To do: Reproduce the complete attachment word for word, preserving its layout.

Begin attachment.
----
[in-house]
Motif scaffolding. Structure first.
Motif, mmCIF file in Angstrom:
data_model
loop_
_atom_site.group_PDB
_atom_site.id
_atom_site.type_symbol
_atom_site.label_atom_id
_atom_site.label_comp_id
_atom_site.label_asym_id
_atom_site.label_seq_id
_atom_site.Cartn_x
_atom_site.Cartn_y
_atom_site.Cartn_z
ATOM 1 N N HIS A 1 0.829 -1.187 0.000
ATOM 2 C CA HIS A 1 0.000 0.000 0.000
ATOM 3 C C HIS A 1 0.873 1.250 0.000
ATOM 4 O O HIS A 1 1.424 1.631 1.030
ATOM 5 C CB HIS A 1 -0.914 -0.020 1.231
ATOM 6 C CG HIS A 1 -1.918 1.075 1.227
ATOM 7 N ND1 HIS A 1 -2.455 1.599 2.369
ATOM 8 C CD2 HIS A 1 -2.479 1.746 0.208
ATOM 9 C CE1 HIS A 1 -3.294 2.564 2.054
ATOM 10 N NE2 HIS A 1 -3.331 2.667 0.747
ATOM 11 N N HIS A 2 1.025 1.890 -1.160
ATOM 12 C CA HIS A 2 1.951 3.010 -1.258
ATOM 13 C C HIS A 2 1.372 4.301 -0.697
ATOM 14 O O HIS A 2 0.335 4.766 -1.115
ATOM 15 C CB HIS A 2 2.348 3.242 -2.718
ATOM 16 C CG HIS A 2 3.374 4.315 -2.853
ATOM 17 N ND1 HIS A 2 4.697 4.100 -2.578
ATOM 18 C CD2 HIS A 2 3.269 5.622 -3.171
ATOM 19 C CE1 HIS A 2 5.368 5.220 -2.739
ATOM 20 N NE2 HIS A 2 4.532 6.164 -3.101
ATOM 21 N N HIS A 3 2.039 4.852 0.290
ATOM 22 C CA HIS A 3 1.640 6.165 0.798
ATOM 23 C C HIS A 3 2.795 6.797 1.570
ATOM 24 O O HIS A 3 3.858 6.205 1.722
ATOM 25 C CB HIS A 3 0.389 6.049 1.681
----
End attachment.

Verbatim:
[in-house]
Motif scaffolding. Structure first.
Motif, mmCIF file in Angstrom:
data_model
loop_
_atom_site.group_PDB
_atom_site.id
_atom_site.type_symbol
_atom_site.label_atom_id
_atom_site.label_comp_id
_atom_site.label_asym_id
_atom_site.label_seq_id
_atom_site.Cartn_x
_atom_site.Cartn_y
_atom_site.Cartn_z
ATOM 1 N N HIS A 1 0.829 -1.187 0.000
ATOM 2 C CA HIS A 1 0.000 0.000 0.000
ATOM 3 C C HIS A 1 0.873 1.250 0.000
ATOM 4 O O HIS A 1 1.424 1.631 1.030
ATOM 5 C CB HIS A 1 -0.914 -0.020 1.231
ATOM 6 C CG HIS A 1 -1.918 1.075 1.227
ATOM 7 N ND1 HIS A 1 -2.455 1.599 2.369
ATOM 8 C CD2 HIS A 1 -2.479 1.746 0.208
ATOM 9 C CE1 HIS A 1 -3.294 2.564 2.054
ATOM 10 N NE2 HIS A 1 -3.331 2.667 0.747
ATOM 11 N N HIS A 2 1.025 1.890 -1.160
ATOM 12 C CA HIS A 2 1.951 3.010 -1.258
ATOM 13 C C HIS A 2 1.372 4.301 -0.697
ATOM 14 O O HIS A 2 0.335 4.766 -1.115
ATOM 15 C CB HIS A 2 2.348 3.242 -2.718
ATOM 16 C CG HIS A 2 3.374 4.315 -2.853
ATOM 17 N ND1 HIS A 2 4.697 4.100 -2.578
ATOM 18 C CD2 HIS A 2 3.269 5.622 -3.171
ATOM 19 C CE1 HIS A 2 5.368 5.220 -2.739
ATOM 20 N NE2 HIS A 2 4.532 6.164 -3.101
ATOM 21 N N HIS A 3 2.039 4.852 0.290
ATOM 22 C CA HIS A 3 1.640 6.165 0.798
ATOM 23 C C HIS A 3 2.795 6.797 1.570
ATOM 24 O O HIS A 3 3.858 6.205 1.722
ATOM 25 C CB HIS A 3 0.389 6.049 1.681